In low relief I have discovered that I can offer variable visual and tactile experience controlled only in part by me. The viewer is invited to share in control through physical viewpoint. Elements within a work change, or are perceived as changing when seen from different angles. This, I believe, can bring about an especially intimate and creative communication.

artwork by James Dwyer

"Color Movement" will open as a part of the First Thursday art crawl on Main on June 6th, from 6 PM to 9 PM and run through June 28th.  Special thanks to Maria Kennedy Mungo for preparing delicious food for this very special opening.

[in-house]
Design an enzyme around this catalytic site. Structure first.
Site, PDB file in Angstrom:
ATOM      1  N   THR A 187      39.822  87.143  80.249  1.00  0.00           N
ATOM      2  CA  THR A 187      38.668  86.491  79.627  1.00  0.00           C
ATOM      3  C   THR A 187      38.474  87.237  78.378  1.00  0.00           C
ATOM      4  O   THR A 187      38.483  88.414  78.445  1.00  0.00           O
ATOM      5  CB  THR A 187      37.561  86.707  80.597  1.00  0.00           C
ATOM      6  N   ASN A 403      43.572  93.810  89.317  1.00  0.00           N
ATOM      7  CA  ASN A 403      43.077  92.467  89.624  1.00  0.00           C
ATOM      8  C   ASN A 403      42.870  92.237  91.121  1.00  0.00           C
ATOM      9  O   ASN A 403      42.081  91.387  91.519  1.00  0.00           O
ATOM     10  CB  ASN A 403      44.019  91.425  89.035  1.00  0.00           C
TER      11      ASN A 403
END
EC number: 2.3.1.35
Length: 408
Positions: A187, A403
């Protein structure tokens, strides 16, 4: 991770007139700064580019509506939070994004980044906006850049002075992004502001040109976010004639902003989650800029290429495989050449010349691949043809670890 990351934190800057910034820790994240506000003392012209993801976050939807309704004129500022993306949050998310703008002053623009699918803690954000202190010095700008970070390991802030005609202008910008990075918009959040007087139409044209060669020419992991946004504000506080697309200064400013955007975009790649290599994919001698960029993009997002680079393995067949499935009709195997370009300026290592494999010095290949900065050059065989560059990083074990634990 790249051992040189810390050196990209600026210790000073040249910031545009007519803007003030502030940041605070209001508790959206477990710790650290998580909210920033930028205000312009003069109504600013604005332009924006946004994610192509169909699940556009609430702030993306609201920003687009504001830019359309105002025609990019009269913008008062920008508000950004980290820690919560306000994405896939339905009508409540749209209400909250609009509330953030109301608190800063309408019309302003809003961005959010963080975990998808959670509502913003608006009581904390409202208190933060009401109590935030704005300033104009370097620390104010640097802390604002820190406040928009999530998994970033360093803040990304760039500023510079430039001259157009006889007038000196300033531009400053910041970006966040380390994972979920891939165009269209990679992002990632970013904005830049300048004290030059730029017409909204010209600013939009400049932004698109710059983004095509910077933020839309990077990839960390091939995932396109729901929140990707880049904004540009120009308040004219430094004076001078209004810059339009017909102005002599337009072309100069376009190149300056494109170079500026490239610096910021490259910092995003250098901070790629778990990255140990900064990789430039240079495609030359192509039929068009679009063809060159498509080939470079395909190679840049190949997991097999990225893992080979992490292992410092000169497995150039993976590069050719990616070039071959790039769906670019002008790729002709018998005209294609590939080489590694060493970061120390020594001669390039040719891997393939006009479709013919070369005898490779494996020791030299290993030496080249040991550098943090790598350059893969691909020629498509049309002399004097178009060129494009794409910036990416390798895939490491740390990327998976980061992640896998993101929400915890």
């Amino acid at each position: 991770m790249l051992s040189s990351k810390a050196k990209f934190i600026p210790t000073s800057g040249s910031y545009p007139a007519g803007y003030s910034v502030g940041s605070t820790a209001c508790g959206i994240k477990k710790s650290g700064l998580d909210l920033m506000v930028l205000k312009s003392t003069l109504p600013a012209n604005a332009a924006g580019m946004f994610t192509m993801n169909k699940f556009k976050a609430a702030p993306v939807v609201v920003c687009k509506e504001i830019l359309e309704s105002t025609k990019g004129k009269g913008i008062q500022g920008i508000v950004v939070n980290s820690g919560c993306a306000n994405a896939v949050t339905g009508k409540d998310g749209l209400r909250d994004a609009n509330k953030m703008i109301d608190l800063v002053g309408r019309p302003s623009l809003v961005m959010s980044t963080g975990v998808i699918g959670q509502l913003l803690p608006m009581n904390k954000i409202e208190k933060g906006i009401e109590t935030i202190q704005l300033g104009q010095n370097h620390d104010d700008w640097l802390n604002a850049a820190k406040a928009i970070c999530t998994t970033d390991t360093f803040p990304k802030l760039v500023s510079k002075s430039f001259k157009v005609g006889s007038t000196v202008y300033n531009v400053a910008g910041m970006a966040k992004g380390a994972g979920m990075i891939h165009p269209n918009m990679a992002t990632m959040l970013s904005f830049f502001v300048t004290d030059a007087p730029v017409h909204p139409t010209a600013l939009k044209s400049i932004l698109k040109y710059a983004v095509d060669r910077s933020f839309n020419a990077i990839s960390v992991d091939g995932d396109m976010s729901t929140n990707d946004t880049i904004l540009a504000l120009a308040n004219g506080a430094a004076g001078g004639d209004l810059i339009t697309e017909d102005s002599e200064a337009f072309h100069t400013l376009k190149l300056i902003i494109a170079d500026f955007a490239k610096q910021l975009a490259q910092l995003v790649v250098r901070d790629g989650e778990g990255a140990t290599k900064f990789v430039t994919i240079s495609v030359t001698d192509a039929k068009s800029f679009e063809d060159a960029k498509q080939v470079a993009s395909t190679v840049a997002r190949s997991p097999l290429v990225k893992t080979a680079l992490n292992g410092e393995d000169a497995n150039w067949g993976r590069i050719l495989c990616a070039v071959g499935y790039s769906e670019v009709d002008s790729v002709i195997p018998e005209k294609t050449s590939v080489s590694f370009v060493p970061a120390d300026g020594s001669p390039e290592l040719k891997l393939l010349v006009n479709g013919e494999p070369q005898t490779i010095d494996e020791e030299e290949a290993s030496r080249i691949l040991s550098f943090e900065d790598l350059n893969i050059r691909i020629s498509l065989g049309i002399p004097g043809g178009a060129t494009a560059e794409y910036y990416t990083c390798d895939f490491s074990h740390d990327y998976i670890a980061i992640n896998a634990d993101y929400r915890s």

Tapp's Art Center, located at 1644 Main Street, is home to several dozen artists' studios, as well as changing exhibitions inside and in the display windows on Main and Blanding Streets.  Included in those window exhibits is Sean McGuinness, aka That Godzilla Guy:

This will be a big event, marking Godzillafications all up in your grill, so to speak! I will have my largest window display ever, and I will also be in the Tapp's Courtyard selling my artwork. If that isn't enough, my art will also be hanging inside the Tapp's Arts Center as part of a charity event benefiting local police canines. Last year I held my first-ever "Meet Godzilla @ Tapps". The presence you guys helped me create got noticed by all the local merchants, and started me on the path to becoming "That Godzilla Guy" [in retrospect, it was like you helped lodge some shrapnel in my chest, so I could go on to build a wicked suit of armor in a cave with a box of scraps!] Please come visit, and be part of the magic.